ReplyDeleteTry http://ir.canterbury.ac.nz/handle/10092/5886

ReplyDeleteAnything that was both "special" and "common" at the same time would certainly be impressive!

ReplyDeleteHope you can distinguish between a boolean value and an int value.

ReplyDelete"Is team doing good?" No

"How good/bad is team doing?" ??

Another thing, implementing common sense in technology is really something worth praising. Computers can do a thing millions of time with 100% accuracy at amazing speeds, probably a human can't. Humans have common sense(mostly), machines don't.

I can't see the analogy with the Gambler's Ruin problem. If we wanted WASP to be a forecasting tool rather than an assessment of performance up to that point, we would certainly need to consider the quality of the batsmen not yet out. But that is not what we wanted it to do. For example, when India were 4 down and WASP was initially hovering around 10%, I would have put much higher odds on an Indian win, because of the very non-average quality of Kohli and Dhoni. Different question, different answer.

ReplyDeleteI thought this comment of mine didn't got published. Anyways either I am unable to understand your point or you might be thinking wrong way. ODI rankings tell a team's recent performance and capabilities (fair idea), isn't it what you are trying to get out of database? Just for clarification I just used it alongwith many other factors like required rate to current rate ratio,etc.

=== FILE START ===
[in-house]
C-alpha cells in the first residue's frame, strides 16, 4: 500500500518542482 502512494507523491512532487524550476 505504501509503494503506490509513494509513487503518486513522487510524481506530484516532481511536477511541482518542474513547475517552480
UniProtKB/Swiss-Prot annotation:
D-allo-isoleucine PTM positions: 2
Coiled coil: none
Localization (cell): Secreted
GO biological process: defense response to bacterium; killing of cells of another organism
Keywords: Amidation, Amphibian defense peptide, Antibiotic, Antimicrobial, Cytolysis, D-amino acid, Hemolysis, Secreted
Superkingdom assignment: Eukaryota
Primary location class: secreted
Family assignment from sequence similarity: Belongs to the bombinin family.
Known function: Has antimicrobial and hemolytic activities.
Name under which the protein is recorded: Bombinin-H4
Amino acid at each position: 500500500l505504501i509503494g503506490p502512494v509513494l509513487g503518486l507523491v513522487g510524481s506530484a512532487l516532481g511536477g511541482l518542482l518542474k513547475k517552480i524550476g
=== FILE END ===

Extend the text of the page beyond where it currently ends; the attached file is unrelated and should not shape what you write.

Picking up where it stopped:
ReplyDeletecricket is highly unpredictable...

ReplyDeletedats y no WASP worked out. 34 to win 10 ov and 7 wickets remaining, den wot happen??? lost for 22 runs or So...

Hi Seamus,

ReplyDeleteApart from being a huge cricket fan i'm also a graduate student of data mining. I was wondering have you used any mining techniques to build your prediction models..if so were can I get the details of the design etc and also some documents that you referred for constructing this.

Congrats on the success of WASP you guys have recieved.

Mohammed. We haven't used data mining techniques, but one certainly could, although I would trust that more to a pure statistician than a pair of economists!

ReplyDeleteLol.. You are right.

ReplyDeleteI have spent 5 years with Cricket predictions. My algorithm is simple : Take the scorecard of the previous match.....Using those numbers, Try to predict what will happen next....it Looks exciting...very soon, i can predict the Man of the match...i am PhD frm Indian Inst of Science, Bangalore.

ReplyDeleteCan you share the coding logic? I am doing a college project, so need in that.

ReplyDeleteKeep connected with us to enjoy all cricket games live stream tv online for warm-up matches, group stage games, quarterfinals, semi finals, and the grand final. Cricket is so entertaining form to sport around the world.

ReplyDeletehttp://2015iccworldcupliveausnz.blogspot.com/

hey , did you get the coding logic,

ReplyDeletei am doing a similar project for my college

any updates will be appreciated

i am doing prediction analytics for the upcoming wc matches

ReplyDeletei was wondering if this platform has a similar features

i ll be using decision tree analysis in rapid miner to predict the winner

also i am in need of the desired datasets for the historical data of indian team

is anybody having it or done something similar

please resond at arush.thapar@yahoo.com

how can i contact you

ReplyDelete